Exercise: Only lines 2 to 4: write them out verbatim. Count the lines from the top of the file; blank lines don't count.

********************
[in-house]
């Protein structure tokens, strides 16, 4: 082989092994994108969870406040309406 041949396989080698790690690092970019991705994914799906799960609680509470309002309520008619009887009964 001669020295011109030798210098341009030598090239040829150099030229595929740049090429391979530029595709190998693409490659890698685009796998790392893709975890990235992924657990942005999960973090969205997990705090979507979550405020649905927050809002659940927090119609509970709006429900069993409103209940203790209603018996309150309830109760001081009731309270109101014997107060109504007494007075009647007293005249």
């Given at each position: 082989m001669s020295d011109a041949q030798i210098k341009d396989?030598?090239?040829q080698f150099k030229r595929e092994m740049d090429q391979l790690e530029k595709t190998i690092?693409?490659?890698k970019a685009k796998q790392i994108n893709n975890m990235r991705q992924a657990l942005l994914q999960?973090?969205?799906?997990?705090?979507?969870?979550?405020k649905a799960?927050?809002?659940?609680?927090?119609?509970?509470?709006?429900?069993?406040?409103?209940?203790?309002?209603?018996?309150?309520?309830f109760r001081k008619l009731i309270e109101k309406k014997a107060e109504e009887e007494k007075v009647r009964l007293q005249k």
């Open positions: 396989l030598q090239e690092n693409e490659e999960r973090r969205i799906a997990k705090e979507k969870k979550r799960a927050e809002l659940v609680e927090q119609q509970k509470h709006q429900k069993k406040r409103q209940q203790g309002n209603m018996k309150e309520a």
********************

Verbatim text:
């Protein structure tokens, strides 16, 4: 082989092994994108969870406040309406 041949396989080698790690690092970019991705994914799906799960609680509470309002309520008619009887009964 001669020295011109030798210098341009030598090239040829150099030229595929740049090429391979530029595709190998693409490659890698685009796998790392893709975890990235992924657990942005999960973090969205997990705090979507979550405020649905927050809002659940927090119609509970709006429900069993409103209940203790209603018996309150309830109760001081009731309270109101014997107060109504007494007075009647007293005249």
């Given at each position: 082989m001669s020295d011109a041949q030798i210098k341009d396989?030598?090239?040829q080698f150099k030229r595929e092994m740049d090429q391979l790690e530029k595709t190998i690092?693409?490659?890698k970019a685009k796998q790392i994108n893709n975890m990235r991705q992924a657990l942005l994914q999960?973090?969205?799906?997990?705090?979507?969870?979550?405020k649905a799960?927050?809002?659940?609680?927090?119609?509970?509470?709006?429900?069993?406040?409103?209940?203790?309002?209603?018996?309150?309520?309830f109760r001081k008619l009731i309270e109101k309406k014997a107060e109504e009887e007494k007075v009647r009964l007293q005249k």
């Open positions: 396989l030598q090239e690092n693409e490659e999960r973090r969205i799906a997990k705090e979507k969870k979550r799960a927050e809002l659940v609680e927090q119609q509970k509470h709006q429900k069993k406040r409103q209940q203790g309002n209603m018996k309150e309520a």